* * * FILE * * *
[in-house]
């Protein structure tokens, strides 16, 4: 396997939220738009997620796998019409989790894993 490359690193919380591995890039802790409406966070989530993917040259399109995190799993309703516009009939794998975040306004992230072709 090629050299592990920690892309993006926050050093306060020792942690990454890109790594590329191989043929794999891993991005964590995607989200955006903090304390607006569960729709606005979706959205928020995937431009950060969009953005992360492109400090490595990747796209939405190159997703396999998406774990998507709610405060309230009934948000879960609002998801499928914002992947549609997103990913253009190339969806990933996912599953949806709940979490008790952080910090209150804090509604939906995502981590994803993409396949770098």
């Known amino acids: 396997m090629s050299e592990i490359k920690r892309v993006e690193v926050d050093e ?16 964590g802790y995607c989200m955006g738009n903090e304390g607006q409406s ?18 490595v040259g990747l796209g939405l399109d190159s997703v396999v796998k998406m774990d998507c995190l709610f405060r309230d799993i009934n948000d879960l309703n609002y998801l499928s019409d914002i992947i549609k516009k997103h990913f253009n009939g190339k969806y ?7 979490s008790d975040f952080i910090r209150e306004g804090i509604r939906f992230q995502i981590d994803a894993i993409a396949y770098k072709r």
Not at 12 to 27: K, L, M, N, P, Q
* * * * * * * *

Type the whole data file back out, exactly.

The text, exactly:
[in-house]
């Protein structure tokens, strides 16, 4: 396997939220738009997620796998019409989790894993 490359690193919380591995890039802790409406966070989530993917040259399109995190799993309703516009009939794998975040306004992230072709 090629050299592990920690892309993006926050050093306060020792942690990454890109790594590329191989043929794999891993991005964590995607989200955006903090304390607006569960729709606005979706959205928020995937431009950060969009953005992360492109400090490595990747796209939405190159997703396999998406774990998507709610405060309230009934948000879960609002998801499928914002992947549609997103990913253009190339969806990933996912599953949806709940979490008790952080910090209150804090509604939906995502981590994803993409396949770098």
């Known amino acids: 396997m090629s050299e592990i490359k920690r892309v993006e690193v926050d050093e ?16 964590g802790y995607c989200m955006g738009n903090e304390g607006q409406s ?18 490595v040259g990747l796209g939405l399109d190159s997703v396999v796998k998406m774990d998507c995190l709610f405060r309230d799993i009934n948000d879960l309703n609002y998801l499928s019409d914002i992947i549609k516009k997103h990913f253009n009939g190339k969806y ?7 979490s008790d975040f952080i910090r209150e306004g804090i509604r939906f992230q995502i981590d994803a894993i993409a396949y770098k072709r």
Not at 12 to 27: K, L, M, N, P, Q